This document is intended for those people who intend to write programs using HDS. It is tutorial in style and assumes no prior knowledge of HDS, although some knowledge of a hierarchical filing system will be helpful. Anyone who has used UNIX should understand the analogies that are drawn between directories and HDS structures.

This note mainly deals with HDS as a “stand-alone” software package. Routines which interface HDS with a particular software environment (i.e. the HDS/ADAM parameter system routines) are not considered here.1

Reference information is presented in the appendices. Appendix A gives a list of the calling sequences for the HDS routines; this will be useful to experienced programmers who just want to be reminded of the parameters required, while Appendix B gives full routine specifications for all of HDS. Appendix E describes the HDS error codes.

HDS stands for “Hierarchical Data System”. It is a flexible system for storing and retrieving data and takes over from a computer’s filing system at the level of an individual file (see Fig 1). A conventional file effectively contains an 1-dimensional sequence of data elements, whereas an HDS file can contain a more complex structure. There are many parallels between the hierarchical way HDS stores data within files and the way that a filing system organises the files themselves. These analogies will be helpful in what follows.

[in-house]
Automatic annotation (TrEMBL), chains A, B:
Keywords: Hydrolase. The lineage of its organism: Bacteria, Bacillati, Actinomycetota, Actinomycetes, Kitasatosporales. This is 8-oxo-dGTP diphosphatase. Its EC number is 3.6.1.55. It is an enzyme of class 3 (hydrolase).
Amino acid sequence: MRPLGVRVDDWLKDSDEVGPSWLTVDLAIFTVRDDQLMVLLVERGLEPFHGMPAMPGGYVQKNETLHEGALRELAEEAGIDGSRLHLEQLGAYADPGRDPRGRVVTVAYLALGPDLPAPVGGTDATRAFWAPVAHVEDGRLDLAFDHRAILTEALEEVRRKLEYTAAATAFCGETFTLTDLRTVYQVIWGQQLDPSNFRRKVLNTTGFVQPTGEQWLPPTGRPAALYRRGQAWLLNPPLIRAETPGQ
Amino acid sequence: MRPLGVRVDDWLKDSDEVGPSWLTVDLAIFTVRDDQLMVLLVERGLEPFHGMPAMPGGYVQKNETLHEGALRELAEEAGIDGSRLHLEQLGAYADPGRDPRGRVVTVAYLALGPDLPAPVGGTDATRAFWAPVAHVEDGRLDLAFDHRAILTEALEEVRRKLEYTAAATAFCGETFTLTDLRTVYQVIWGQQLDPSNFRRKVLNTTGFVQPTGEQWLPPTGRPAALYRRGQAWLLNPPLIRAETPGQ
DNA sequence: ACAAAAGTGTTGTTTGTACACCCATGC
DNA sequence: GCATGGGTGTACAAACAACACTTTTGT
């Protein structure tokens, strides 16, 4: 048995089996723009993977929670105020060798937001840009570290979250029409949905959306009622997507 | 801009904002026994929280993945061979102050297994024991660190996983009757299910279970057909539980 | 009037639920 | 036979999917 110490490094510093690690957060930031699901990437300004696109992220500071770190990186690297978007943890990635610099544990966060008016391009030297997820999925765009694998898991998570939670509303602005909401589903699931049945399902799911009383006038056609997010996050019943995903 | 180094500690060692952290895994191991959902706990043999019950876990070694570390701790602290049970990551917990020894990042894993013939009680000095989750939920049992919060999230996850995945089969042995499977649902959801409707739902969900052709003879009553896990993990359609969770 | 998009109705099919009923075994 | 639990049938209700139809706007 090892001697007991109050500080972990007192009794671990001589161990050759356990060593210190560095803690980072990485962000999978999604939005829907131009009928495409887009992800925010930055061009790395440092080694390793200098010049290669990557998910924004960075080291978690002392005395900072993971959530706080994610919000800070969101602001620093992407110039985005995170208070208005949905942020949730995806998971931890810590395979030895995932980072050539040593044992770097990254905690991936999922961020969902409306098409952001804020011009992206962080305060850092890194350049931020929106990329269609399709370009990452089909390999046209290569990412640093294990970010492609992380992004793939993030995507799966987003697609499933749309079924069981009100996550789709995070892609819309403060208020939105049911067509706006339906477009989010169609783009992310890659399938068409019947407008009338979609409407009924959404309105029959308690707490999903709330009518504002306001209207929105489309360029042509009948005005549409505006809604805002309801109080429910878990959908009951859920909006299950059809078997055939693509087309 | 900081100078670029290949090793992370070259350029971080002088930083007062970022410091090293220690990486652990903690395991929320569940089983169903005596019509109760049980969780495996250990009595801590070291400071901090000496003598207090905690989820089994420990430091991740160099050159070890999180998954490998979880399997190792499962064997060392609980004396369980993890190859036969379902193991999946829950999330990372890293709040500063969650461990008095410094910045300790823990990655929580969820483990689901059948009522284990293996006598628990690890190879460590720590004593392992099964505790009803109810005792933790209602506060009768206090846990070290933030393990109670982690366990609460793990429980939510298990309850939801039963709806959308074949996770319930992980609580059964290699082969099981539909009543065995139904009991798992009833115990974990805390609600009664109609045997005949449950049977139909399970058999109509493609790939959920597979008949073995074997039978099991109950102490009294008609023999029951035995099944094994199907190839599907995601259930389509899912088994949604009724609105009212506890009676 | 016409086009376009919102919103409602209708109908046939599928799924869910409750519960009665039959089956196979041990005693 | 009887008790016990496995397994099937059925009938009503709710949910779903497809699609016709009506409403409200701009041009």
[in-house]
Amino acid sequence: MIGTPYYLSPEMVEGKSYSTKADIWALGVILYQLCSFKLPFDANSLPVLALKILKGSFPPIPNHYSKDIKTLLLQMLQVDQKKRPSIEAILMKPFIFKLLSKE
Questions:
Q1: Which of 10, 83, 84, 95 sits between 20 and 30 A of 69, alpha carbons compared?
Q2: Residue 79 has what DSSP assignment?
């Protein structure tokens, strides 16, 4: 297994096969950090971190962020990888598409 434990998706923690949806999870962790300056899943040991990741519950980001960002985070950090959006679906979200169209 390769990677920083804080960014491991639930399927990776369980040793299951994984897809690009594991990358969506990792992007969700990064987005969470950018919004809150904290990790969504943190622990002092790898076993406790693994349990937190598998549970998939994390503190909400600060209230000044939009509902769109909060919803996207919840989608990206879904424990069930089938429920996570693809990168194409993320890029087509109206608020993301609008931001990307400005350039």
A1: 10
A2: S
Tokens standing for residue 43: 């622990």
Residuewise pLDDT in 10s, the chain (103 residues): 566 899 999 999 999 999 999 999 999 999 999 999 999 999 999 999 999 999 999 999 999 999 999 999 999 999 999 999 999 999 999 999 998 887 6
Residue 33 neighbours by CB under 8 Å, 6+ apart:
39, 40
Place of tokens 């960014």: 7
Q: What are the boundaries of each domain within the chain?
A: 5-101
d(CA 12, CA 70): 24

Figure 1: The relationship between a computer’s filing system and HDS.


The advantage of HDS is that it allows many different kinds of data to be stored in a consistent and logical fashion. It is also very flexible, in that objects can be added or deleted whilst retaining the logical structure. HDS also provides portability of data, so that the same data objects may be accessed from different types of computer despite the fact that each may actually format its files and data in different ways.

1See ADAM Programmer Note 7 for a description of these routines.